HOUSTON – A unit of TETRA Technologies said Sunday it will pay $825 million in cash for a West Texas firm that owns one of the largest fleets of natural gas compressors in the nation.
The deal could make TETRA affiliate Compressco Partners, a small player in the growing U.S. market for pumping gas from aging wells, a rival to Houston’s Exterran Partners and other large U.S. compressors, in terms of energy-pumping horsepower.
Buying Midland’s Compressor Systems, owner of the fourth-largest U.S. gas compression fleet, according to industry estimates, would boost Compressco’s horsepower by nearly sixfold, the company said.
“We think the scalability and size is something that’s extremely attractive,” TETRA Technologies chairman, president and chief executive Stuart Brightman told investors in a call early Monday. “It gives us a broader offering and makes us a full-service compression company as we go forward.”
The deal, Brightman said, would open up and expand several markets for Compressco in U.S. shale plays and abroad, as Compressor Systems sells units in international markets and offers maintenance on its equipment in the United States.
Compressco would be able to pump hydrocarbons out of low-pressure wells, push them through pipelines and capture gas vapor at production sites, Brightman told investors. The deal is expected to close early next month.
Gas compressors are high-horsepower pieces of pumping equipment typically used to boost the pressure that moves natural gas from wellheads to pipelines and on to other pieces of energy infrastructure, like refineries.
Houston’s Exterran Partners owns the largest U.S. fleet of oil and gas compressors with 3.3 million horsepower, after recent acquisitions from Chesapeake Energy, according to a recent company presentation.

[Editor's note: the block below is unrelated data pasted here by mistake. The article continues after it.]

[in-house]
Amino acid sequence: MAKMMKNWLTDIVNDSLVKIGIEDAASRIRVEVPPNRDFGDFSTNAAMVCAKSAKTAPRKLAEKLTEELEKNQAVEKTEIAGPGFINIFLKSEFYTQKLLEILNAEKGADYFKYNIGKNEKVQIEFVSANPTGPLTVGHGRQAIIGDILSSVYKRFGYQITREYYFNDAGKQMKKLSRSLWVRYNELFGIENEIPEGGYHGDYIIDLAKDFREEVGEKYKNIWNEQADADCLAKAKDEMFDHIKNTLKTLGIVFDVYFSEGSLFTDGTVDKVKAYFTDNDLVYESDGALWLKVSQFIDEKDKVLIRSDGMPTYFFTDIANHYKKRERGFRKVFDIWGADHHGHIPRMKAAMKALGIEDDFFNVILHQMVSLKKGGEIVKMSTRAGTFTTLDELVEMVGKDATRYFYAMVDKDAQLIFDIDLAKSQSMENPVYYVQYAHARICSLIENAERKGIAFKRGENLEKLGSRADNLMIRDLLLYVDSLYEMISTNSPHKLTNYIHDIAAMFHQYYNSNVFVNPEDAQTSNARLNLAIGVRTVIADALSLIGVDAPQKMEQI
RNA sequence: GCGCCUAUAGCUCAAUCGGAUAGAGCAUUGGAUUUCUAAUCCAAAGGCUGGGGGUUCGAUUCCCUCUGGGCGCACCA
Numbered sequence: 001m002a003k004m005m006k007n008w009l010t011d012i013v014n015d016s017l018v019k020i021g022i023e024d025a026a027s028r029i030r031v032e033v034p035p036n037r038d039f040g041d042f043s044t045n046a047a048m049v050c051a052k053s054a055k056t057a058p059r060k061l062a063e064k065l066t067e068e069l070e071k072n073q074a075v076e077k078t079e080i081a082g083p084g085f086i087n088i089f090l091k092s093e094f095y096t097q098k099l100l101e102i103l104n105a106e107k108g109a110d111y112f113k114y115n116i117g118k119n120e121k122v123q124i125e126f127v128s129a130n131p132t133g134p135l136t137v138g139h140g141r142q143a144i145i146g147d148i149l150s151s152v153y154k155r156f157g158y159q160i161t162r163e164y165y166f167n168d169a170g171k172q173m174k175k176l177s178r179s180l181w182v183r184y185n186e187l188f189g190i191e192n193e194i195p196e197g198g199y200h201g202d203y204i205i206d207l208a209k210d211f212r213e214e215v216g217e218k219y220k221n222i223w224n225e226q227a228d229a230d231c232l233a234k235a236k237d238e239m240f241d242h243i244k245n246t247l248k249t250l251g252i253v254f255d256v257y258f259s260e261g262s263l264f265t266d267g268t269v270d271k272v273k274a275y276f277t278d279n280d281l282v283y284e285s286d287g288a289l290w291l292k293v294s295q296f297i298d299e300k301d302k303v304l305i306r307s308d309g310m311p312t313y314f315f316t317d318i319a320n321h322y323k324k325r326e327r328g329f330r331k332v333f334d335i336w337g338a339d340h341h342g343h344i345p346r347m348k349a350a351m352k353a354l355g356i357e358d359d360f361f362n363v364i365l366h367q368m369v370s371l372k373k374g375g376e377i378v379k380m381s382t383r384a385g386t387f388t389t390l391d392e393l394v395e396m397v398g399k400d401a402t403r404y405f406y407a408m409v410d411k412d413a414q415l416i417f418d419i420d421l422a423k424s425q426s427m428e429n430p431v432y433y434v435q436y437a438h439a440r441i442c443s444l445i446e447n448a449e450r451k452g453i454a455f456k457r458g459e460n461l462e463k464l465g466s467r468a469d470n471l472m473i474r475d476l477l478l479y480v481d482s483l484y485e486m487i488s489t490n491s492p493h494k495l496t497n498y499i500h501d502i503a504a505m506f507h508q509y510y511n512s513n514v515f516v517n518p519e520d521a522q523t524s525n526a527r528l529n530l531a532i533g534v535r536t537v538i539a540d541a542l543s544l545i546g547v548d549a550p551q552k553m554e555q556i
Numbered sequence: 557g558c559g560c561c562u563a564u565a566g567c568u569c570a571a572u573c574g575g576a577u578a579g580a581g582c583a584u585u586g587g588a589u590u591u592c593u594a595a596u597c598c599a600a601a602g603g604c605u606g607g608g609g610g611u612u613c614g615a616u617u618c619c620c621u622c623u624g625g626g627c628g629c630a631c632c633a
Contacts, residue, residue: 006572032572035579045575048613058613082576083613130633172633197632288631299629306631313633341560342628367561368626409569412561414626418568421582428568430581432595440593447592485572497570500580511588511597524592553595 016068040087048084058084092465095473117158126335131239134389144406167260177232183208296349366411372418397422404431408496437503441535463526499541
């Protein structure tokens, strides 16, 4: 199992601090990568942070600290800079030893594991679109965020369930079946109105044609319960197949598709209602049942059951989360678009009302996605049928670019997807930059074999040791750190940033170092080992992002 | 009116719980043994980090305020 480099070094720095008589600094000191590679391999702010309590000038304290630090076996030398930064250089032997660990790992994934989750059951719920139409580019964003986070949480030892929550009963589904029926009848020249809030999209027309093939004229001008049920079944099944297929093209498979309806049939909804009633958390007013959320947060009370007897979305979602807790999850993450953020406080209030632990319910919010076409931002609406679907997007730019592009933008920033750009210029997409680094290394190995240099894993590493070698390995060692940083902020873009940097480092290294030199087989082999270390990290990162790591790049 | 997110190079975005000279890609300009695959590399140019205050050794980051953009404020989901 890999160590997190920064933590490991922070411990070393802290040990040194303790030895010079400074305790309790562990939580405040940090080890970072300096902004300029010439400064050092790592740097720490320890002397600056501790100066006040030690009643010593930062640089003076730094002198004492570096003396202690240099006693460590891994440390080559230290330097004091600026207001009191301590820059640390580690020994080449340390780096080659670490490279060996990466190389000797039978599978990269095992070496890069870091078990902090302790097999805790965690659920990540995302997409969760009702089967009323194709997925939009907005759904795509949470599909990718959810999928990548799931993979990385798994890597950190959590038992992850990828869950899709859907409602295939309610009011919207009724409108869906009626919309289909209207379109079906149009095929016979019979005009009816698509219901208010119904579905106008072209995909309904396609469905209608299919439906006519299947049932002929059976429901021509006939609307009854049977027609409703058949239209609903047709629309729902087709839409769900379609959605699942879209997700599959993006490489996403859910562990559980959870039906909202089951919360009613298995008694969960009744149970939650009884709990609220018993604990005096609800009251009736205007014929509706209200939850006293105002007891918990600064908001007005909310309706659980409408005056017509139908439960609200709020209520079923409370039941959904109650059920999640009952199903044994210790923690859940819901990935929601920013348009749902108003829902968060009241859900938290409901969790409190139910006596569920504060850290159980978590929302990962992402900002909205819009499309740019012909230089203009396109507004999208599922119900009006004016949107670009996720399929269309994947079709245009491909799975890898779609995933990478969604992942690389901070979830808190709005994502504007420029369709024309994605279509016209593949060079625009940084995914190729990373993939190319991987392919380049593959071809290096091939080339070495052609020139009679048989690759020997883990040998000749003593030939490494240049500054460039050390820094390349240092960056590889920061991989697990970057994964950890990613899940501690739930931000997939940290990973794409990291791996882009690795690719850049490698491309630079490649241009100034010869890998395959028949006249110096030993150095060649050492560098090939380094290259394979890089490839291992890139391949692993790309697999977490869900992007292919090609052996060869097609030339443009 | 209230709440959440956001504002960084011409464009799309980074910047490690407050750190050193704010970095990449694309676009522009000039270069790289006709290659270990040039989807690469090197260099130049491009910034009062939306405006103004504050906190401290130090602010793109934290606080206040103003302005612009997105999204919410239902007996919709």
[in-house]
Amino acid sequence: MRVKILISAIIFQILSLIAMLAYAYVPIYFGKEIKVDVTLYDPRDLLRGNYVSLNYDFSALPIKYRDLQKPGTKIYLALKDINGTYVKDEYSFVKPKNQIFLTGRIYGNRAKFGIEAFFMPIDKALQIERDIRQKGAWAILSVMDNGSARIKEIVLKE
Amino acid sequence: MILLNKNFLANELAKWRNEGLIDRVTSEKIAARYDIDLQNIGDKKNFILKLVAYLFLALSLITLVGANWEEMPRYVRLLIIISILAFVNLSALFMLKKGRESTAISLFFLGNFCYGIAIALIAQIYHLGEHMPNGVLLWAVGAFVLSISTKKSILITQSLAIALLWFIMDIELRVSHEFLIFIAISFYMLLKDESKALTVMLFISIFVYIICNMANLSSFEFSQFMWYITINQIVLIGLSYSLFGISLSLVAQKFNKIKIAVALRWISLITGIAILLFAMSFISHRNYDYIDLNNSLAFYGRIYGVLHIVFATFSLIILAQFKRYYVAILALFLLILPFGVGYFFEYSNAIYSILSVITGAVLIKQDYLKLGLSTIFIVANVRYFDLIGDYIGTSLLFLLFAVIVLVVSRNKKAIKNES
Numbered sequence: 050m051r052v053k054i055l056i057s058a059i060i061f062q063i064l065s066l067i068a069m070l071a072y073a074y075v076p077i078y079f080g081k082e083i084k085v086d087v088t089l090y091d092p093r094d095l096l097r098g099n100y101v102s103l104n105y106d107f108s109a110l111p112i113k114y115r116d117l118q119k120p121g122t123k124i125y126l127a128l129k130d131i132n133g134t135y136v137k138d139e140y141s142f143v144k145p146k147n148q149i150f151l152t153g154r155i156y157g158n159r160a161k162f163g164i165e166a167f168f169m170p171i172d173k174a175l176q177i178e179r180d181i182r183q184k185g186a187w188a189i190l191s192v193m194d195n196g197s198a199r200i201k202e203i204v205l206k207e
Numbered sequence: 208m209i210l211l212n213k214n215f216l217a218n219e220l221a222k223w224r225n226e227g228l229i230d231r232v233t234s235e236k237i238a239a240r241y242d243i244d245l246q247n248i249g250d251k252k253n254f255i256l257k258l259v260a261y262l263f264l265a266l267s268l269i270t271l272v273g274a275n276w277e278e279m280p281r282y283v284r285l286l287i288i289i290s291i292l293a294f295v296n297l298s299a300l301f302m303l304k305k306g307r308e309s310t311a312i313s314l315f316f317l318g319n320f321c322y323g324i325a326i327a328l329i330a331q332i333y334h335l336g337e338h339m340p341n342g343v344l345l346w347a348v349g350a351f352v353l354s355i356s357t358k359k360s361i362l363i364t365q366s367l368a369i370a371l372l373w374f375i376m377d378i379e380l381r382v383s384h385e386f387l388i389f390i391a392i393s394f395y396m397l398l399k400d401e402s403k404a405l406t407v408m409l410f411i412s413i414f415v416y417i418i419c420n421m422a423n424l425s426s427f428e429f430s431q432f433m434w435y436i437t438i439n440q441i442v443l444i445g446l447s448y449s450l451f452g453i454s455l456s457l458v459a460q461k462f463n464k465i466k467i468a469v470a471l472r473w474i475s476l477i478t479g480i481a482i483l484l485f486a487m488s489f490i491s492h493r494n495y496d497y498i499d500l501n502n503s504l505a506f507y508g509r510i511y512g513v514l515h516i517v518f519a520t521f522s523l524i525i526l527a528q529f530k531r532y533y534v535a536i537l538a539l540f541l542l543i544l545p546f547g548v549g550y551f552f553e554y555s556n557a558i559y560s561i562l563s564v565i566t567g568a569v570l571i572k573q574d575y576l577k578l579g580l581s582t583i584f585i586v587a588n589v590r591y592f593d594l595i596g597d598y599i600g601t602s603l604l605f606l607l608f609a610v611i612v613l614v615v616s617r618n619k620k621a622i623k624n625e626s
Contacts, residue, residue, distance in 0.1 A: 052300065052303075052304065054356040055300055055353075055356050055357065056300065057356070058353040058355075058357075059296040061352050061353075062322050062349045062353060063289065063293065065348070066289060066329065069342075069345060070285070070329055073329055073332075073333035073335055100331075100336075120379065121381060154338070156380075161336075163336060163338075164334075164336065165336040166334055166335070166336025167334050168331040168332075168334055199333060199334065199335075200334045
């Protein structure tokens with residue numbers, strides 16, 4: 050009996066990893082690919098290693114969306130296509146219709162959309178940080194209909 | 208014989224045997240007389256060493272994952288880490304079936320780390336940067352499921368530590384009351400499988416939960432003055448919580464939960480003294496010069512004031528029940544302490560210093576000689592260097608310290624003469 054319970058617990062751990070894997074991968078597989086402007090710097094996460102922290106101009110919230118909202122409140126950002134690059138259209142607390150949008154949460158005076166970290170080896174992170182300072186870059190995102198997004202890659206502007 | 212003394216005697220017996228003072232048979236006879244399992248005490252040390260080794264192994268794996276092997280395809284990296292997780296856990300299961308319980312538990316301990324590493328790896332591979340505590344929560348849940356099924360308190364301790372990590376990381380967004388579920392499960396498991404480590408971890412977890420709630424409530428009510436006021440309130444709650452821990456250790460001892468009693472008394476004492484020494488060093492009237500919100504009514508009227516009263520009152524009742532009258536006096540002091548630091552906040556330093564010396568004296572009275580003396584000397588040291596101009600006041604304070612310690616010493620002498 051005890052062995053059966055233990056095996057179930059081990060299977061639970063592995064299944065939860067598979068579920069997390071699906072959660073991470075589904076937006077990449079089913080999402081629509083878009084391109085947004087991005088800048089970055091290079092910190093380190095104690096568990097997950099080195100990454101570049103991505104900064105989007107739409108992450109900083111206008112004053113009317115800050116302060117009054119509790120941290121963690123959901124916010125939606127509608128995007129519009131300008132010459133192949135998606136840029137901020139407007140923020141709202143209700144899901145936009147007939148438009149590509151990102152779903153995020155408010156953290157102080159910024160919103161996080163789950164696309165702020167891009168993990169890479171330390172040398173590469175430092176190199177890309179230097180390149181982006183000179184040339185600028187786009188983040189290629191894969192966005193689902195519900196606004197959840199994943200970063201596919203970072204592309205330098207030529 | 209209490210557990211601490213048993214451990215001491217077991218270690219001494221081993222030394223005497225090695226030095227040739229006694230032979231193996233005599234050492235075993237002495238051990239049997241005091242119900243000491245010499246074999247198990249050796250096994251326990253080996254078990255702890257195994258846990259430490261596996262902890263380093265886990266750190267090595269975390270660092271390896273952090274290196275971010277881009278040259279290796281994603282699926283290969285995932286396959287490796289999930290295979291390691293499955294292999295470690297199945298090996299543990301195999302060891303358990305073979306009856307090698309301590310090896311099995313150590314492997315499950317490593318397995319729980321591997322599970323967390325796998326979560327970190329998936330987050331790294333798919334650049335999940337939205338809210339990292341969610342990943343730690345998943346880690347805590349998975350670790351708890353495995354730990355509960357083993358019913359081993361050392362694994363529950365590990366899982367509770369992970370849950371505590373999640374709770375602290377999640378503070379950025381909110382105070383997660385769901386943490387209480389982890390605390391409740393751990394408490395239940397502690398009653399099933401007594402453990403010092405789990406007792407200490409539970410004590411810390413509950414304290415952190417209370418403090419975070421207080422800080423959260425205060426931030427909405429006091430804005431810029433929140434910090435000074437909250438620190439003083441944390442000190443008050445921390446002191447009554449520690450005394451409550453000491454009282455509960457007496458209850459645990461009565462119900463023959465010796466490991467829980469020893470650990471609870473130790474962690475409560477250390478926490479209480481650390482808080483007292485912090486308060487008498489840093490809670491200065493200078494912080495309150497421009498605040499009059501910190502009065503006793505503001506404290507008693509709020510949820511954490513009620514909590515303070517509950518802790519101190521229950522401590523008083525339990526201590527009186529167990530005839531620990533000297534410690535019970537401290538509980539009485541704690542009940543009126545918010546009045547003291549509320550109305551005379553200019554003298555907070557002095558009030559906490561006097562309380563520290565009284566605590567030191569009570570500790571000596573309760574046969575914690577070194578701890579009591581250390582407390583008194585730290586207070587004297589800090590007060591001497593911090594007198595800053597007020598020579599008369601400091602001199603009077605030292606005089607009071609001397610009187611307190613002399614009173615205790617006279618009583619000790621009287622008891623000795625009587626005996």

Compressor Systems owns more than 275 compression units and collected $311 million in revenue in the 12 months before March. After the deal, Compressco’s fleet would, all told, be capable of more than 1 million horsepower of pressure. One horsepower is enough to lift 16.5 tons by one foot in one minute.
The Midland firm’s units range in pumping power from 20 horsepower to more than 2,300 horsepower. Combined with Compressco’s equipment, three other firms would still have bigger U.S. compression fleets, according to Exterran.
But calling Compressco the fourth-largest firm in the U.S. gas compression business would understate its potential, given the synergies in service offerings, top-shelf management combinations and other fruits the deal will bear, Brightman told investors.
“We’ll have a basket of services no one else can really touch,” he said.
The firm said the acquisition would enable Compressco’s board to consider raising its quarterly cash distributions to investors by 12 percent to 14 percent. Master limited partnerships like Compressco, which is indirectly owned by the Woodlands-based oil field services firm TETRA Technologies, typically send a large amount of their cash to investors.
Compressco also expects to shuffle its top management roles after the deal. Ron Foster, Compressco’s president, will serve as chief marketing officer while Compressor System’s president, Tim Knox, will run the combined entity, the firm said.
Compressco said it would get part of the capital for the deal from raising $400 million on the stock market and $350 million in corporate debt, though it will draw some of the money from its $400 million credit facility.
After the deal, TETRA’s stake in the company may fall to 46 percent, though it will still own all of Compressco’s general partner.
“We like the markets that Compressor Systems plays in,” Brightman said. “We think the combination is going to be very attractive. It’s very important that we blend together.”